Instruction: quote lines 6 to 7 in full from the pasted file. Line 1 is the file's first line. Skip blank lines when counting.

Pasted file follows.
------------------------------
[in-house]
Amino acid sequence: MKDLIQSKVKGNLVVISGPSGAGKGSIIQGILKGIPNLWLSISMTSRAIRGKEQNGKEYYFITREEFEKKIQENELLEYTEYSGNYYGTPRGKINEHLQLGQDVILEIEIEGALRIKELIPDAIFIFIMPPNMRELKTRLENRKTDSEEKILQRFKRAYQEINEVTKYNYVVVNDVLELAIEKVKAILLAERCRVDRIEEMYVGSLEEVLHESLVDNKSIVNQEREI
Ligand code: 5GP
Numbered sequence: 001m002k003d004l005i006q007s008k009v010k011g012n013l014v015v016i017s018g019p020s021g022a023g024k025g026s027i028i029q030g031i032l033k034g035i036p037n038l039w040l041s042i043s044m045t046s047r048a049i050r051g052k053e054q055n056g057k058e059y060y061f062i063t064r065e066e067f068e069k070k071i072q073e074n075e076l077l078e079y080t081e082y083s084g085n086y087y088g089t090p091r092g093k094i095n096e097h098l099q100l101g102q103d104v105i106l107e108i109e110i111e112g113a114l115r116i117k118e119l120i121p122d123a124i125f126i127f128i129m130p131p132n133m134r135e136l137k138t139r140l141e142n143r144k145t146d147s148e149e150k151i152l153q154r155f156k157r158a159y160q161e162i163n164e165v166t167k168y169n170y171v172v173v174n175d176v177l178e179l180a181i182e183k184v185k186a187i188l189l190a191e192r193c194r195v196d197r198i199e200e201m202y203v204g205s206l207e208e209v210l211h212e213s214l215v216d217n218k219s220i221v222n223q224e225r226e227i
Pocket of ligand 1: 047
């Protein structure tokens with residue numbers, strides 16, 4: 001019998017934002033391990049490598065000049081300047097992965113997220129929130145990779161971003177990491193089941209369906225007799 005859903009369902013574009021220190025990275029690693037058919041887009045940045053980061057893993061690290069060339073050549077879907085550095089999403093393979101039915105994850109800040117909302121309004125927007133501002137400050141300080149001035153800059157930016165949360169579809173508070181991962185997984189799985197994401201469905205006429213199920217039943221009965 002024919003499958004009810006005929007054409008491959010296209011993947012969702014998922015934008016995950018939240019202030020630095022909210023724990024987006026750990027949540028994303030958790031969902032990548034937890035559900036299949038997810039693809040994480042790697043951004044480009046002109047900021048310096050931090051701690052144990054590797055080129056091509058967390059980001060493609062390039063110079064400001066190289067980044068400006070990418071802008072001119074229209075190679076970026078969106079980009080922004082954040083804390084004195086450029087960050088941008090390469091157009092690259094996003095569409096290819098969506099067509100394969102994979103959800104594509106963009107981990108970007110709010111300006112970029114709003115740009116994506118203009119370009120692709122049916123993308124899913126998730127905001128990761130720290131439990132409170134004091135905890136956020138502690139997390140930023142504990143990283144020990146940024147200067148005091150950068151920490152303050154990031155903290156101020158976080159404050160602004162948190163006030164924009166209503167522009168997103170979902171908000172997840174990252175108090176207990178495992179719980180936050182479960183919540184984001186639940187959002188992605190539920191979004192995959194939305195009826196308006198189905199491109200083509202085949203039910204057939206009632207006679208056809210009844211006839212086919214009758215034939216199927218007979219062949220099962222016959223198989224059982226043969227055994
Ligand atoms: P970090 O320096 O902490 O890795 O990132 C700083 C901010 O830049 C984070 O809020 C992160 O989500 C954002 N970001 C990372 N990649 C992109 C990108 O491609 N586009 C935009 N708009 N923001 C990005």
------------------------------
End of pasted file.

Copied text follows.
């Protein structure tokens with residue numbers, strides 16, 4: 001019998017934002033391990049490598065000049081300047097992965113997220129929130145990779161971003177990491193089941209369906225007799 005859903009369902013574009021220190025990275029690693037058919041887009045940045053980061057893993061690290069060339073050549077879907085550095089999403093393979101039915105994850109800040117909302121309004125927007133501002137400050141300080149001035153800059157930016165949360169579809173508070181991962185997984189799985197994401201469905205006429213199920217039943221009965 002024919003499958004009810006005929007054409008491959010296209011993947012969702014998922015934008016995950018939240019202030020630095022909210023724990024987006026750990027949540028994303030958790031969902032990548034937890035559900036299949038997810039693809040994480042790697043951004044480009046002109047900021048310096050931090051701690052144990054590797055080129056091509058967390059980001060493609062390039063110079064400001066190289067980044068400006070990418071802008072001119074229209075190679076970026078969106079980009080922004082954040083804390084004195086450029087960050088941008090390469091157009092690259094996003095569409096290819098969506099067509100394969102994979103959800104594509106963009107981990108970007110709010111300006112970029114709003115740009116994506118203009119370009120692709122049916123993308124899913126998730127905001128990761130720290131439990132409170134004091135905890136956020138502690139997390140930023142504990143990283144020990146940024147200067148005091150950068151920490152303050154990031155903290156101020158976080159404050160602004162948190163006030164924009166209503167522009168997103170979902171908000172997840174990252175108090176207990178495992179719980180936050182479960183919540184984001186639940187959002188992605190539920191979004192995959194939305195009826196308006198189905199491109200083509202085949203039910204057939206009632207006679208056809210009844211006839212086919214009758215034939216199927218007979219062949220099962222016959223198989224059982226043969227055994
Ligand atoms: P970090 O320096 O902490 O890795 O990132 C700083 C901010 O830049 C984070 O809020 C992160 O989500 C954002 N970001 C990372 N990649 C992109 C990108 O491609 N586009 C935009 N708009 N923001 C990005």